The company was also apparently exploring options to live-broadcast tennis and surfing, hoping to use its massive platform to popularize lesser-known sports to become big franchises.
Netflix has already helped boost the profile of sports like Formula One in the US through a popular documentary series – only to lose streaming rights for the franchise to Disney’s ESPN, according to the Wall Street Journal.
Companies like Amazon and Apple are also spending heavily to have high-profile sporting events on their streaming platforms, making the field more and more crowded.
“The carriage fees for the programming people want to see live, namely sports, are just too damn high. And they keep going up, so the services have to keep raising prices, which in essence are turning them into cable 2.0,” Brantner, the streaming analyst, said.
As pressure for profitability grows, companies start introducing multi-tiered subscription plans. Netflix launched a lower-priced ad-supported subscription plan in November, and Disney will do the same in December. Both have increased prices for ad-free plans.
“Much like Netflix, Disney introducing an ad-supported tier will help boost numbers in the short-term. However, market saturation will soon hit here in the US, and the company will increasingly rely on numbers across the world for growth,” Brantner said.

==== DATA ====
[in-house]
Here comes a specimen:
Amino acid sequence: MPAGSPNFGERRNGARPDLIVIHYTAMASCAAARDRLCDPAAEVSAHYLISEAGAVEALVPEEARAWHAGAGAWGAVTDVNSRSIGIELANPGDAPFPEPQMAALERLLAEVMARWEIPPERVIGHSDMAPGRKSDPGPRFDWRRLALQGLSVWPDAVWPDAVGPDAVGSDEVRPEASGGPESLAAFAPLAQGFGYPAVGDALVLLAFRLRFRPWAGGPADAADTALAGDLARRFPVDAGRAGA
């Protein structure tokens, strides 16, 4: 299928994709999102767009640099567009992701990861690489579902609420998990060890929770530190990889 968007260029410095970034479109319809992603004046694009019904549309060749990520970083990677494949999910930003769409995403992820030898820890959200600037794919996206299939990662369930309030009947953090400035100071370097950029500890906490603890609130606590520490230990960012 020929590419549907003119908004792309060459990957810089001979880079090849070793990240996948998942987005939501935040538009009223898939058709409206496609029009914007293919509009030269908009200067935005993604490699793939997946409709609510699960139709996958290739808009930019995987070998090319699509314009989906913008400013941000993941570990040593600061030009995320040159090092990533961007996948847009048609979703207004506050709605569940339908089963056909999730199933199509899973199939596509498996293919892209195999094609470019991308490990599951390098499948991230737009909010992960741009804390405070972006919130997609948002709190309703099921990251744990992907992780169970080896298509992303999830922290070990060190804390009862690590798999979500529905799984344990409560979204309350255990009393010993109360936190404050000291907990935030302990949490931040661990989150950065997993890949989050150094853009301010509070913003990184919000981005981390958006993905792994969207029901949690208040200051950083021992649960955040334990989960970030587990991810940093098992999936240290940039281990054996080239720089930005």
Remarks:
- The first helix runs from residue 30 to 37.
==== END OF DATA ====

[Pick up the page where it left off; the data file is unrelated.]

American streaming giants hold leading positions in major markets worldwide, either through local subsidiaries and partnerships or by investing in localized content like Netflix’s Korean-language smash hit Squid Game.
Global growth, however, is no longer a given as local services emerge and, in some cases, outcompete American rivals.
Take Vidio, an Indonesian-based streaming platform that now dominates the country of 276 million people. Its programming might be better attuned to local tastes and sensibilities, but it also has rights to live-stream major sporting events like the English Premier League in the world’s fourth largest country.
“There are still big opportunities for streaming companies to grow globally, but it will be a slow process,” Jones said.